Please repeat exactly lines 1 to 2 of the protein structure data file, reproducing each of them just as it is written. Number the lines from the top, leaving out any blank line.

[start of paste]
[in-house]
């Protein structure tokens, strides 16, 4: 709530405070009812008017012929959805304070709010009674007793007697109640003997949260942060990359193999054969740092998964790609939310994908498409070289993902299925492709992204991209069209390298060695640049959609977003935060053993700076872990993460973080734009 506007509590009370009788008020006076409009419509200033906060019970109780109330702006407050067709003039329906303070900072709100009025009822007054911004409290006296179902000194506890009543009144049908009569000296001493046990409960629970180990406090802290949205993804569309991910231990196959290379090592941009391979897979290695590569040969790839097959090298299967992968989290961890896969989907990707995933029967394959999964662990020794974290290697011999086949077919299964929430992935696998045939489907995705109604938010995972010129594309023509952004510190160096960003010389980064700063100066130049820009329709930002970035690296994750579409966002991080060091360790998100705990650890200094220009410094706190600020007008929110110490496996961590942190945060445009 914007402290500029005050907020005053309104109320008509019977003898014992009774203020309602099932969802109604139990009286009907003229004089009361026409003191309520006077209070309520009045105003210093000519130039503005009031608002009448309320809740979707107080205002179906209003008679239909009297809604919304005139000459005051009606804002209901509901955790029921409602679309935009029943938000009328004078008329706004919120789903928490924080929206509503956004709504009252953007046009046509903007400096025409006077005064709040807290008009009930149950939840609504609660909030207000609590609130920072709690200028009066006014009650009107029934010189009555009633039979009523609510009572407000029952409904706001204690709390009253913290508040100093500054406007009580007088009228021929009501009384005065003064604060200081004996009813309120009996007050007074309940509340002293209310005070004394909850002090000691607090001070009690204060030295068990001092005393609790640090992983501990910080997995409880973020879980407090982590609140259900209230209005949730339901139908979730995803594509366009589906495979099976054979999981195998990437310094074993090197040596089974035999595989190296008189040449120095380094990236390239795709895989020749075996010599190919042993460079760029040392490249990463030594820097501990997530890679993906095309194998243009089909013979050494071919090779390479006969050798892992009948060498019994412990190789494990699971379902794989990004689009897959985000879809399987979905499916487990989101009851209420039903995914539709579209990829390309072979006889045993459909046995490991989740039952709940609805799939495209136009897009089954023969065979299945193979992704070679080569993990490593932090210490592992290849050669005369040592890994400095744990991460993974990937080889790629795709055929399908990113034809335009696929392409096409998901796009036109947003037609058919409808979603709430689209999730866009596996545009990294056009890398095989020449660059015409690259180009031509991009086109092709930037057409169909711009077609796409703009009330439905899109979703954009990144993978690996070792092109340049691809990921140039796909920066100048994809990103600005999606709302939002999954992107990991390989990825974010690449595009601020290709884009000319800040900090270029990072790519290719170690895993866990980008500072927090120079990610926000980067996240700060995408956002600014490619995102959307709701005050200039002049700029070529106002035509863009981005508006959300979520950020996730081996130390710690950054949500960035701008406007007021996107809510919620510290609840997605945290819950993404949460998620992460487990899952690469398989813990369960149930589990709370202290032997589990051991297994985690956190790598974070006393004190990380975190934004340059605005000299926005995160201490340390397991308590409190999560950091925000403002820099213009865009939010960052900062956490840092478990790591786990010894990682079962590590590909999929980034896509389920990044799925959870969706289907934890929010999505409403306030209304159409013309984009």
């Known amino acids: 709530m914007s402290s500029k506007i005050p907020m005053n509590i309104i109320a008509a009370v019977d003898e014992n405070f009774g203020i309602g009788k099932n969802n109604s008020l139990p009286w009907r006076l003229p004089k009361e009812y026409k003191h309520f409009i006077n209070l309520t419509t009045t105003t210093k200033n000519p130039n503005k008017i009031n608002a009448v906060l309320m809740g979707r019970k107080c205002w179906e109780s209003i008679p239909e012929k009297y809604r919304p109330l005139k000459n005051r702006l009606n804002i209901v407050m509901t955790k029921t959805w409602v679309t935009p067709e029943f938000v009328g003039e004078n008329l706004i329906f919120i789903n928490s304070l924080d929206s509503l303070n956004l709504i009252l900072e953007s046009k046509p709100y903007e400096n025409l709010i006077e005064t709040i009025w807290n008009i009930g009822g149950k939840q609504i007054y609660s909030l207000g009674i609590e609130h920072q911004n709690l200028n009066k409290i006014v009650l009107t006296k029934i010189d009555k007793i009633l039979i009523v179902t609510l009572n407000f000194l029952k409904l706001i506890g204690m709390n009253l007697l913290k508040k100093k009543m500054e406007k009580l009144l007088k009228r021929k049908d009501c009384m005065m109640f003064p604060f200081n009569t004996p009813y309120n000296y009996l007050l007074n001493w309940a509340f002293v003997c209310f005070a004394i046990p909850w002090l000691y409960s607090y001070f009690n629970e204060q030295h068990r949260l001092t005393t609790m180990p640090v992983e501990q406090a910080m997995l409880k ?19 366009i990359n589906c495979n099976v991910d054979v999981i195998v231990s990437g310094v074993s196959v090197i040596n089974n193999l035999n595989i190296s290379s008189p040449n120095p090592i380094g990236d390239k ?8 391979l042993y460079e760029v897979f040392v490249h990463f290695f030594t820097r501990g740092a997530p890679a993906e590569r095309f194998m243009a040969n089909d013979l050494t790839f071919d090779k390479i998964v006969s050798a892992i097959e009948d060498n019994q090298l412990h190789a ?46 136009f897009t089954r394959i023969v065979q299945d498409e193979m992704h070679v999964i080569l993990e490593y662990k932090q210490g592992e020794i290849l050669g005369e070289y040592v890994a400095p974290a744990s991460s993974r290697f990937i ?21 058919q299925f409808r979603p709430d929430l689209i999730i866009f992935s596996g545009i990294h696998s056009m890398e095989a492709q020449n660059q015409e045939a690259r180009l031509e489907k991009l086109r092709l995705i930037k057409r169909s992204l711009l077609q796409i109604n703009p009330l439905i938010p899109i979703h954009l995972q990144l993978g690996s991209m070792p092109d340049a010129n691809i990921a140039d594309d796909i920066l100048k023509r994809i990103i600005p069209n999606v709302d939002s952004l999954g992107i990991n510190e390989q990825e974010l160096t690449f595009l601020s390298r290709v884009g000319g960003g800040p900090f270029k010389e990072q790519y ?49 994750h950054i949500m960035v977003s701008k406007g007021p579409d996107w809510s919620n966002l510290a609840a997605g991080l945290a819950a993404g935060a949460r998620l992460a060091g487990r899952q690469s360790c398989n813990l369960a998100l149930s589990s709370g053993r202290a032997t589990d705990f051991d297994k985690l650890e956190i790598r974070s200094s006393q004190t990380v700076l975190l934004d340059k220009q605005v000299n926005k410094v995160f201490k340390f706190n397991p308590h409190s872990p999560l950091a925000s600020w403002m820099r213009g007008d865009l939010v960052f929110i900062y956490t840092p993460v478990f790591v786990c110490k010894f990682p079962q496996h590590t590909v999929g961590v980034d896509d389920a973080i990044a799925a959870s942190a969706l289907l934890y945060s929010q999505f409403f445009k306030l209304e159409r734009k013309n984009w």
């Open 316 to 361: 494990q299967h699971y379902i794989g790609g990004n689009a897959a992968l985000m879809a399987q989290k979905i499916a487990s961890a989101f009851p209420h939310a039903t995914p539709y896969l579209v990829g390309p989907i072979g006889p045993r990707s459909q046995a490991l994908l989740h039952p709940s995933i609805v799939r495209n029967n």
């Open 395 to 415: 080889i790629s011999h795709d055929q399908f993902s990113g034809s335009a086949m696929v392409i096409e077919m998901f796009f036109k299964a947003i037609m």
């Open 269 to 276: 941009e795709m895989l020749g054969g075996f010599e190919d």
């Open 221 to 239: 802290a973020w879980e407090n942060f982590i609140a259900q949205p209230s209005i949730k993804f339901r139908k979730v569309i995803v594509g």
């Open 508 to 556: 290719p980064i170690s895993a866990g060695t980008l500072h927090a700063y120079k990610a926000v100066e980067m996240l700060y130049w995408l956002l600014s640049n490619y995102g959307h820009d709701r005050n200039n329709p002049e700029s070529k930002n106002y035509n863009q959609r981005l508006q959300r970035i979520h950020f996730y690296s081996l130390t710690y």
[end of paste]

[in-house]
């Protein structure tokens, strides 16, 4: 709530405070009812008017012929959805304070709010009674007793007697109640003997949260942060990359193999054969740092998964790609939310994908498409070289993902299925492709992204991209069209390298060695640049959609977003935060053993700076872990993460973080734009 506007509590009370009788008020006076409009419509200033906060019970109780109330702006407050067709003039329906303070900072709100009025009822007054911004409290006296179902000194506890009543009144049908009569000296001493046990409960629970180990406090802290949205993804569309991910231990196959290379090592941009391979897979290695590569040969790839097959090298299967992968989290961890896969989907990707995933029967394959999964662990020794974290290697011999086949077919299964929430992935696998045939489907995705109604938010995972010129594309023509952004510190160096960003010389980064700063100066130049820009329709930002970035690296994750579409966002991080060091360790998100705990650890200094220009410094706190600020007008929110110490496996961590942190945060445009 914007402290500029005050907020005053309104109320008509019977003898014992009774203020309602099932969802109604139990009286009907003229004089009361026409003191309520006077209070309520009045105003210093000519130039503005009031608002009448309320809740979707107080205002179906209003008679239909009297809604919304005139000459005051009606804002209901509901955790029921409602679309935009029943938000009328004078008329706004919120789903928490924080929206509503956004709504009252953007046009046509903007400096025409006077005064709040807290008009009930149950939840609504609660909030207000609590609130920072709690200028009066006014009650009107029934010189009555009633039979009523609510009572407000029952409904706001204690709390009253913290508040100093500054406007009580007088009228021929009501009384005065003064604060200081004996009813309120009996007050007074309940509340002293209310005070004394909850002090000691607090001070009690204060030295068990001092005393609790640090992983501990910080997995409880973020879980407090982590609140259900209230209005949730339901139908979730995803594509366009589906495979099976054979999981195998990437310094074993090197040596089974035999595989190296008189040449120095380094990236390239795709895989020749075996010599190919042993460079760029040392490249990463030594820097501990997530890679993906095309194998243009089909013979050494071919090779390479006969050798892992009948060498019994412990190789494990699971379902794989990004689009897959985000879809399987979905499916487990989101009851209420039903995914539709579209990829390309072979006889045993459909046995490991989740039952709940609805799939495209136009897009089954023969065979299945193979992704070679080569993990490593932090210490592992290849050669005369040592890994400095744990991460993974990937080889790629795709055929399908990113034809335009696929392409096409998901796009036109947003037609058919409808979603709430689209999730866009596996545009990294056009890398095989020449660059015409690259180009031509991009086109092709930037057409169909711009077609796409703009009330439905899109979703954009990144993978690996070792092109340049691809990921140039796909920066100048994809990103600005999606709302939002999954992107990991390989990825974010690449595009601020290709884009000319800040900090270029990072790519290719170690895993866990980008500072927090120079990610926000980067996240700060995408956002600014490619995102959307709701005050200039002049700029070529106002035509863009981005508006959300979520950020996730081996130390710690950054949500960035701008406007007021996107809510919620510290609840997605945290819950993404949460998620992460487990899952690469398989813990369960149930589990709370202290032997589990051991297994985690956190790598974070006393004190990380975190934004340059605005000299926005995160201490340390397991308590409190999560950091925000403002820099213009865009939010960052900062956490840092478990790591786990010894990682079962590590590909999929980034896509389920990044799925959870969706289907934890929010999505409403306030209304159409013309984009």